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Atlanta LCI Seminar Brings More BIPOC and Second Generation Bike Educators
Our network of League-certified ambassadors for better biking continues to grow! Earlier this month, Propel ATL, formally called Atlanta Bicycle Coalition, hosted a League Cycling Instructor (LCI) seminar that certified 11 new League Cycling Instructors who will now go out into their communities to get more people safely and confidently riding.
League Cycling Instructors are often someone’s first introduction into the joy-filled world of riding and therefore play an important role in getting more people to believe that choosing to go places by bike is possible. When you want to learn how to ride and do so safely, you reach out to a local LCI using our map to connect directly to individuals or with advocacy groups in your area. When you want to host an event to help others in your community ride more confidently you invite an LCI to host and lead fun skills drills or other classes. They’re here to help your community, business or university get more butts on bikes.
That’s why we’re proud to have partners helping us not only certify more League Cycling Instructors and ensure every community has a trusted bike educator, but also partners who believe like we do in the importance of diversifying the bike education network so that our LCIs are more representative of the communities they serve.
In 2021, the League partnered with Quality Bicycle Products (QBP) to offer 40 LCI Seminar Equity Scholarships for Black people, Indigenous people, and people of color (BIPOC) who want to become League Cycling Instructors. The scholarships were divided among four seminars hosted for BIPOC and by BIPOC League Cycling Coaches in select QBP cities and each scholarship covered the $500 tuition fee to attend an LCI seminar.
Given the inspiring number of people who want to become LCIs, and the many communities that could use more but don’t have the resources, the QBP-sponsored BIPOC LCI seminars continued into 2022 and were brought to non-QBP cities as well — this time in Atlanta, Georgia.
While Atlanta is home to over 20 BIPOC LCIs, the city’s bike culture is growing and the demand for qualified bike educators is higher than ever. The Atlanta LCI seminar was created to meet this demand, and to bring even more BIPOC bike educators into the fold. League Cycling Coach Neil Walker and assistant coach James Tyler, who both led the seminar, have long been a part of the Atlanta biking scene and have witnessed its growth.
“Bicycling in the Atlanta area has really transformed over the 20+ years that I have been here,” said James. “When I first got here you were taking your life into your own hands riding on most of the streets but then locals began advocating with the Atlanta Bicycle Coalition and some of the neighborhood planning groups and secured more bicycle infrastructure. The majority of residents who first opposed the changes in fear that we were preparing the area for gentrification began to take advantage of the infrastructure. Particularly during Covid, bicycling took off in Atlanta.”
Under the mentorship of Neil and James, participants spent three days learning how to teach the Smart Cycling curriculum as LCIs. In addition to indoor presentations on pre-assigned cycling topics, students spent time outdoors learning how to teach evasive maneuvers and group riding. Along with having the opportunity to connect with current and aspiring bike educators and advocates in the community, participants explored new routes around the city.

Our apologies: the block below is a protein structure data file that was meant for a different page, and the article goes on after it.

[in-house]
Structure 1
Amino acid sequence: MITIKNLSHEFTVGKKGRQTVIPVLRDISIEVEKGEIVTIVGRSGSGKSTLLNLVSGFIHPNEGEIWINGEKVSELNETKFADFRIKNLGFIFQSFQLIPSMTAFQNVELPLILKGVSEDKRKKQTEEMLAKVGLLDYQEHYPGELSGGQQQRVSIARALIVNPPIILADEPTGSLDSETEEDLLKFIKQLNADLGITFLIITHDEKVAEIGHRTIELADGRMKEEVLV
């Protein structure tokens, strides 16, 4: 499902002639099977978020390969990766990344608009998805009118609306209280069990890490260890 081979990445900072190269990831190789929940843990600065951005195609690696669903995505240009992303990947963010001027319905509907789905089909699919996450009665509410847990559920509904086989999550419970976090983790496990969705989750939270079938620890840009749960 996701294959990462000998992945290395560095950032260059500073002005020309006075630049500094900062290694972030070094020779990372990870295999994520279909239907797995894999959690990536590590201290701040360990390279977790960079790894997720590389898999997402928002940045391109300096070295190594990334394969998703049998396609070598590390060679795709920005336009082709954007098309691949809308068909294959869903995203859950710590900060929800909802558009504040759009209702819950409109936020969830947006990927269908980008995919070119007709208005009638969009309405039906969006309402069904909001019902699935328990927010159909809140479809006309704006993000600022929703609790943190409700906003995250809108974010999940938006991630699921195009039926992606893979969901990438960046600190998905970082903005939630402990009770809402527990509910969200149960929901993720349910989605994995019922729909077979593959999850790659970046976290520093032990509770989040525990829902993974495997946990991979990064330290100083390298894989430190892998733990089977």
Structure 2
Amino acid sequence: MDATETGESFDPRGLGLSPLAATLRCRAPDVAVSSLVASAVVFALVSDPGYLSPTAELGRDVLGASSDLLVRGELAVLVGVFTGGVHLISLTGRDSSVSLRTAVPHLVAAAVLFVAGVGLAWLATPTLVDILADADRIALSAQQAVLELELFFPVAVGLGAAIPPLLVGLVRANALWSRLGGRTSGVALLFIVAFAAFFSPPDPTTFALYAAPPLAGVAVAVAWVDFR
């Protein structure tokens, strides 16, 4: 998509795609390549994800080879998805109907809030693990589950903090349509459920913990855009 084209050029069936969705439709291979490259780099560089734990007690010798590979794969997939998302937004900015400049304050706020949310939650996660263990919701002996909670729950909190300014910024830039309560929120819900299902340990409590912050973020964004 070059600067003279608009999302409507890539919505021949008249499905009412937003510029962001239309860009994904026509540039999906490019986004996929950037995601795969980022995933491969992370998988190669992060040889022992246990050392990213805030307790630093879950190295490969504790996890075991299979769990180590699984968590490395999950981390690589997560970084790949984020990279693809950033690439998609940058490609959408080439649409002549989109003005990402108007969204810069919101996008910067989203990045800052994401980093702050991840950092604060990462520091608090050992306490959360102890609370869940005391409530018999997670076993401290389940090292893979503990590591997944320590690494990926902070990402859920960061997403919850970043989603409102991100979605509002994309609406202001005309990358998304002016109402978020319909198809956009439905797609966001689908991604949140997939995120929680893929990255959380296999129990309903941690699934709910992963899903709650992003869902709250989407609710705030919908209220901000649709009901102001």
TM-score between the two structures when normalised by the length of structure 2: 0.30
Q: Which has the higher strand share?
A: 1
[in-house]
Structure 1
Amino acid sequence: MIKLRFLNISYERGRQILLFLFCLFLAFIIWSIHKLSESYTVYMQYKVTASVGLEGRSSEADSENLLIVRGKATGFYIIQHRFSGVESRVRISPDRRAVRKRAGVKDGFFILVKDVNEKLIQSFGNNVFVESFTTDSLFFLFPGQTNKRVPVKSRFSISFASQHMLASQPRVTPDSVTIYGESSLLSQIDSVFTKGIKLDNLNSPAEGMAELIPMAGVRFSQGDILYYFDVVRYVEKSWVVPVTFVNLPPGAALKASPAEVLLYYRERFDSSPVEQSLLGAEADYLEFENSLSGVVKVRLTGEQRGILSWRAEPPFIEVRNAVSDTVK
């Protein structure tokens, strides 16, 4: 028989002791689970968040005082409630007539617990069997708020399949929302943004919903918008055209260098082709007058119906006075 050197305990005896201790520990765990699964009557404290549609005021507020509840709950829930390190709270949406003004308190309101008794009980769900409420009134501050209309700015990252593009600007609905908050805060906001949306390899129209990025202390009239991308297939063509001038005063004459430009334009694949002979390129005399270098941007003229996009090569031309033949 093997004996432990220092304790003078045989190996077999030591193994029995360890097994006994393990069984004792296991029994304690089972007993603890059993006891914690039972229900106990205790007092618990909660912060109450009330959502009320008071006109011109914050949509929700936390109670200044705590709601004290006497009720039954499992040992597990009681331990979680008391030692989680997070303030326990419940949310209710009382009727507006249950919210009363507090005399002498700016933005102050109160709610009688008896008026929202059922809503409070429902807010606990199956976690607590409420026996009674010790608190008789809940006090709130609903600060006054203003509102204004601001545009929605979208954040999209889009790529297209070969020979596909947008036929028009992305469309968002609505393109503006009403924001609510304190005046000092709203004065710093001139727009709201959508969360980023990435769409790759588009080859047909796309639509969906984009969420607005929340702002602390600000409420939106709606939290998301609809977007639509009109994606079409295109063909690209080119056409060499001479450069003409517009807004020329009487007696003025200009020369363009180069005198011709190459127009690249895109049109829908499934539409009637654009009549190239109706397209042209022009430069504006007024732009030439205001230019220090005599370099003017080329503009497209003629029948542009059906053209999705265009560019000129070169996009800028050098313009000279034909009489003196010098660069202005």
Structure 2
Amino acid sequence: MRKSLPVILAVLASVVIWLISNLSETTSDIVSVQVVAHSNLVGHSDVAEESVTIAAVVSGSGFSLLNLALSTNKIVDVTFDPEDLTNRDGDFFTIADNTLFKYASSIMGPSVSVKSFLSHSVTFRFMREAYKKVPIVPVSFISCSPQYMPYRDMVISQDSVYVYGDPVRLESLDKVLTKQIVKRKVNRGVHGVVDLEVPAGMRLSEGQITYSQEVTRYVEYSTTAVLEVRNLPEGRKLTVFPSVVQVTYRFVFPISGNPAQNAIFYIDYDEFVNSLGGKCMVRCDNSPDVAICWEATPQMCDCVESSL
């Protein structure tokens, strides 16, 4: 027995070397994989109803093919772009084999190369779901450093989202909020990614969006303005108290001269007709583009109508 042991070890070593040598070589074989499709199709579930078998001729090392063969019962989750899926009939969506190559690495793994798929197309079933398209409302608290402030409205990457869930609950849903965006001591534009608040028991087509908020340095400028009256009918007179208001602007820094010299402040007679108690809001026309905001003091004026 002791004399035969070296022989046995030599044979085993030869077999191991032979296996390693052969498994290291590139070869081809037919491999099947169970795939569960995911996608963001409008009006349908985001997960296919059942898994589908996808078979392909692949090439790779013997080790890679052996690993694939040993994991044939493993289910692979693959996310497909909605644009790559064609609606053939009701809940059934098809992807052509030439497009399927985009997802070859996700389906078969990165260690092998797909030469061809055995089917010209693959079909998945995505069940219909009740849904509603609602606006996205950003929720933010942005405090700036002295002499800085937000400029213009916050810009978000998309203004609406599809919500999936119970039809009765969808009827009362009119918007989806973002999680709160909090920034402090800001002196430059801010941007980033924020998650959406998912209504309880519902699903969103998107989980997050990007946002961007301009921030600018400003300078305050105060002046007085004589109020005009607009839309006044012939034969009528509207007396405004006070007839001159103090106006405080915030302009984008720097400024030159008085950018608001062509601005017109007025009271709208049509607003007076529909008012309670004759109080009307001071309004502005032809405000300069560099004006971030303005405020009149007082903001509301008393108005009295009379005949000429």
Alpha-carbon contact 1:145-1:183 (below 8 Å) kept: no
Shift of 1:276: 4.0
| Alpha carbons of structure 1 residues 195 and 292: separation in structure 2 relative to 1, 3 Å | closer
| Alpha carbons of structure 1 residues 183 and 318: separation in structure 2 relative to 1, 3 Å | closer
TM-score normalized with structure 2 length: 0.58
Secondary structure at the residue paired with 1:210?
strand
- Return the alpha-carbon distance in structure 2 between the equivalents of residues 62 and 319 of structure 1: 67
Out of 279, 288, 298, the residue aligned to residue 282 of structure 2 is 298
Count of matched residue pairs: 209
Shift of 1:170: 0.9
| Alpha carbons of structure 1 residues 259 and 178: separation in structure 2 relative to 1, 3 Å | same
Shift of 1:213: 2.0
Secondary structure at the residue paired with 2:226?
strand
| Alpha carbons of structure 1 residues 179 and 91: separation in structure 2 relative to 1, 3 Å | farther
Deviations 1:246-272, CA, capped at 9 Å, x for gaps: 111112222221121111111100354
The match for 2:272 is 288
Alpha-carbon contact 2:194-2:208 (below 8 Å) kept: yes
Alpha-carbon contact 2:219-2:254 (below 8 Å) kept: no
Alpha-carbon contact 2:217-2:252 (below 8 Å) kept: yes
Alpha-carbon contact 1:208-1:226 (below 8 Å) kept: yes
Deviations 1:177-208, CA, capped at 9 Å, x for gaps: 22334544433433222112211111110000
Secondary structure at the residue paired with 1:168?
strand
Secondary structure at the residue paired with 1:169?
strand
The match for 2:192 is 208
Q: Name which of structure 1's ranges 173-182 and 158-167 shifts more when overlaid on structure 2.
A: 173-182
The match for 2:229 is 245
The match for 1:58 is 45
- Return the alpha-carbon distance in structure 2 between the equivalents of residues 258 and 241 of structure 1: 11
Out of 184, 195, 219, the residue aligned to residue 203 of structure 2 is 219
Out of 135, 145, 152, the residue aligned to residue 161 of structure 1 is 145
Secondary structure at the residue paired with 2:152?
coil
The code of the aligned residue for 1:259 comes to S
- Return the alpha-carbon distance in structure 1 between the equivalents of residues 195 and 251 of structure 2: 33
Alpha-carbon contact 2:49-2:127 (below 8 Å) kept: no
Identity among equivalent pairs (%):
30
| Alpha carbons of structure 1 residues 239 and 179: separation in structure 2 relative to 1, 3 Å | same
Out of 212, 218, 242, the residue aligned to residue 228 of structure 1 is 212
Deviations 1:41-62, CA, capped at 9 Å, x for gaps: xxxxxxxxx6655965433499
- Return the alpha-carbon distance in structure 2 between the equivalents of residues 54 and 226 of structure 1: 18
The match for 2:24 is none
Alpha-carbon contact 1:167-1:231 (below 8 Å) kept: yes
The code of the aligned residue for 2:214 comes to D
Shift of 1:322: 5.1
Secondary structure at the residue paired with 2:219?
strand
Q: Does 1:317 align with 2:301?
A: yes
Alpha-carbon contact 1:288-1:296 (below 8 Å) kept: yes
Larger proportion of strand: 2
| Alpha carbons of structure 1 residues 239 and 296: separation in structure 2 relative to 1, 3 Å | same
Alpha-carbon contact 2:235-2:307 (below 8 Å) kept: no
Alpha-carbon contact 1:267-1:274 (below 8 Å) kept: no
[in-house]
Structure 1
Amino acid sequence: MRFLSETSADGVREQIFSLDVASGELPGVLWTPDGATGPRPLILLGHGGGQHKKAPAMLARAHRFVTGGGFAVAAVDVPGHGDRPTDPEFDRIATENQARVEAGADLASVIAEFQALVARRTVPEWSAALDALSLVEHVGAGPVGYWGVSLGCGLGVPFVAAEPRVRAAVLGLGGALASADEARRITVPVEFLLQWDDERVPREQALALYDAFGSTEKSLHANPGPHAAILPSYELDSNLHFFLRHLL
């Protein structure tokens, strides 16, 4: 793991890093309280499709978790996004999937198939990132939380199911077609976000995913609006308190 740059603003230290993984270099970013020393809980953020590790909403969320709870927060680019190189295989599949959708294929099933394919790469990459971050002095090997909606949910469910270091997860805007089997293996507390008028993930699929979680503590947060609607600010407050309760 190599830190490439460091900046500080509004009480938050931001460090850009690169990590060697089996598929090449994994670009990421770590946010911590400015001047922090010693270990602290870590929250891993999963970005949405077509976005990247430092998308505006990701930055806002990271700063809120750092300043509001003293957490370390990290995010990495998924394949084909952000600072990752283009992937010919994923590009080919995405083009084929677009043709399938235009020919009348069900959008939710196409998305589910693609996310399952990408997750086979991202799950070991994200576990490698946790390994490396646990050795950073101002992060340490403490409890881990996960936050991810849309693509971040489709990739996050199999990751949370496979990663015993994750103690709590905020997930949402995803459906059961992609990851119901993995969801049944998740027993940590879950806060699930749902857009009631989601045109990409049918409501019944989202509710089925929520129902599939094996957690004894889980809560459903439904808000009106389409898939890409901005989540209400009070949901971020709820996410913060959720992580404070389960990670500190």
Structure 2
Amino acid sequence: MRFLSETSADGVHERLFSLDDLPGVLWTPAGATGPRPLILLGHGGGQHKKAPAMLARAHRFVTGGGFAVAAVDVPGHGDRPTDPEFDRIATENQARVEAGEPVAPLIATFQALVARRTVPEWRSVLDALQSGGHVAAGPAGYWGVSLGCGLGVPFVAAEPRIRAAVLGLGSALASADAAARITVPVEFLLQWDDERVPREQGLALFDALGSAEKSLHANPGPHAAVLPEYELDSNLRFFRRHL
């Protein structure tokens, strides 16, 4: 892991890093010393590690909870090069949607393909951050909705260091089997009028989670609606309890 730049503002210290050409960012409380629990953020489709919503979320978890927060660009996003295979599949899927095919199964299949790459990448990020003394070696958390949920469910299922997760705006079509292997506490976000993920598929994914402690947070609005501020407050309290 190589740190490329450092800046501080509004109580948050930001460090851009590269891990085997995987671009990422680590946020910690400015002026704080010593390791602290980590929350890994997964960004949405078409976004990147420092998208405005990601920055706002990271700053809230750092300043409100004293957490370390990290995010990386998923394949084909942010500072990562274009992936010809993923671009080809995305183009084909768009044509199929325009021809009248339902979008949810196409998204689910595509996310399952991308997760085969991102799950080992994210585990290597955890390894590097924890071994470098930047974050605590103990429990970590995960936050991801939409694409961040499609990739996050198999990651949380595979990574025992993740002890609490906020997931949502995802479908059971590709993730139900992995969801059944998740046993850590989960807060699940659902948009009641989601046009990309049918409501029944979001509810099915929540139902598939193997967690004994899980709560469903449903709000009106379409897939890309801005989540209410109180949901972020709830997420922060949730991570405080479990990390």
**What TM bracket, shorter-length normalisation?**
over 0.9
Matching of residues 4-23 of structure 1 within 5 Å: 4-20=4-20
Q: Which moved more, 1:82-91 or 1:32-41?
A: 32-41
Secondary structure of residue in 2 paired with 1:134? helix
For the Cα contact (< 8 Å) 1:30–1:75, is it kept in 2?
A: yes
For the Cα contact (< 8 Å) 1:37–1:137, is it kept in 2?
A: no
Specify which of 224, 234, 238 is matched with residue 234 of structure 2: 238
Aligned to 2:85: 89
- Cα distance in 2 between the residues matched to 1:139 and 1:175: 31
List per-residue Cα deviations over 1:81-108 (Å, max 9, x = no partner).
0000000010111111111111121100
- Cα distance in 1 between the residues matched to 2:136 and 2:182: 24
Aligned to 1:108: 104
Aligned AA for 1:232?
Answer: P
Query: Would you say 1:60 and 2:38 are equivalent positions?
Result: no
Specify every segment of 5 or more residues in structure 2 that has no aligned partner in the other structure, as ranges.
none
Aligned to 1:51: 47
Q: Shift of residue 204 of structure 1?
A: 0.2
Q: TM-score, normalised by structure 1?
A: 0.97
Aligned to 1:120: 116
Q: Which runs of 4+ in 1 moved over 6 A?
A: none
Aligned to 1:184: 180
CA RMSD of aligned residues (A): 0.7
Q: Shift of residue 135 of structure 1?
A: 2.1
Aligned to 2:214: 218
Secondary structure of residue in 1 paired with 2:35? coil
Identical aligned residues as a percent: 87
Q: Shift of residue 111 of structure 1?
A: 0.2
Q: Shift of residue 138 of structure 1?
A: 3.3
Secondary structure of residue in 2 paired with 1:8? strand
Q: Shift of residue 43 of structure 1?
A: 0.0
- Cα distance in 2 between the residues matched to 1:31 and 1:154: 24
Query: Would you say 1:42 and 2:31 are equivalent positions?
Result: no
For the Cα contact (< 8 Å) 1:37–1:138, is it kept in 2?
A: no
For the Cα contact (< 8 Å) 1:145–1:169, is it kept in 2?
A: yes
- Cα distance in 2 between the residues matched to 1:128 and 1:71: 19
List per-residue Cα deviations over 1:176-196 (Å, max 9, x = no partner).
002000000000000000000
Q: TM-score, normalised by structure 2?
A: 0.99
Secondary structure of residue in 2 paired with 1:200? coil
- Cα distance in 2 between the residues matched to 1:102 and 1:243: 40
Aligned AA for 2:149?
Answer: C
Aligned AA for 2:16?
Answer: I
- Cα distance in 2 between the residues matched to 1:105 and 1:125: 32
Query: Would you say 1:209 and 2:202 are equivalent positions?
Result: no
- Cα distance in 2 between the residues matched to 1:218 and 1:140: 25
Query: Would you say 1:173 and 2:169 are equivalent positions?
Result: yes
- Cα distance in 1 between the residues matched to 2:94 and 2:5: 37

“One of my favorite moments from this seminar was seeing how much joy simply riding around the city together brought participants,” said James. “One woman, who is an avid mountain bike rider, said ‘I didn’t know road biking could be so much fun! I’m going to get a road bike so I can do this more’. Also, many participants were surprised by how much more there was to learn about bicycle safety. A lot of people left expressing that the training was time well spent.”
One of the newly-certified participants, Anu Morton, is the child of two longtime Atlanta LCIs — making her a second-generation LCI! Anu shared that her decision to get certified was influenced by her parents' work in bike education and the desire to further educate herself on cycling within the community — proving that there is always something more to learn.
“I have been around bikes and cyclists my entire life,” said Anu. “I was inspired not only by my parents who are LCIs but also because I realized that I have often taken for granted the fact that I can ride a bike and have the basic skills and knowledge that most don't when cycling. I also tend to enjoy mountain biking and trail riding but found value in the opportunity to learn more about road biking and commuting especially in the city. My experience was somewhat limited to distance group riding or on-campus commuting in college.”
Since LCI seminars bring together bike educators who share a common interest in teaching people more about safe biking but may not have otherwise met, the weekend was full of great discussions on how to mobilize and improve access to and awareness of cycling education in Atlanta.
Hours of brainstorming led to the idea of starting a cycling collective that would promote and organize all of Atlanta's bike education efforts on a wider level, including its growing network of LCIs and bike clubs. We look forward to hearing more about the collective and how our newest League Cycling Instructors are building better bicycling in the ATL.
Want to be a part of our next group of newly-certified League Cycling Instructors? The next BIPOC-focused LCI Seminar will be held October 14-16 in Minneapolis, Minnesota. Visit our LCI Seminar Schedule to register or check out other seminars happening across the country. More are constantly being added!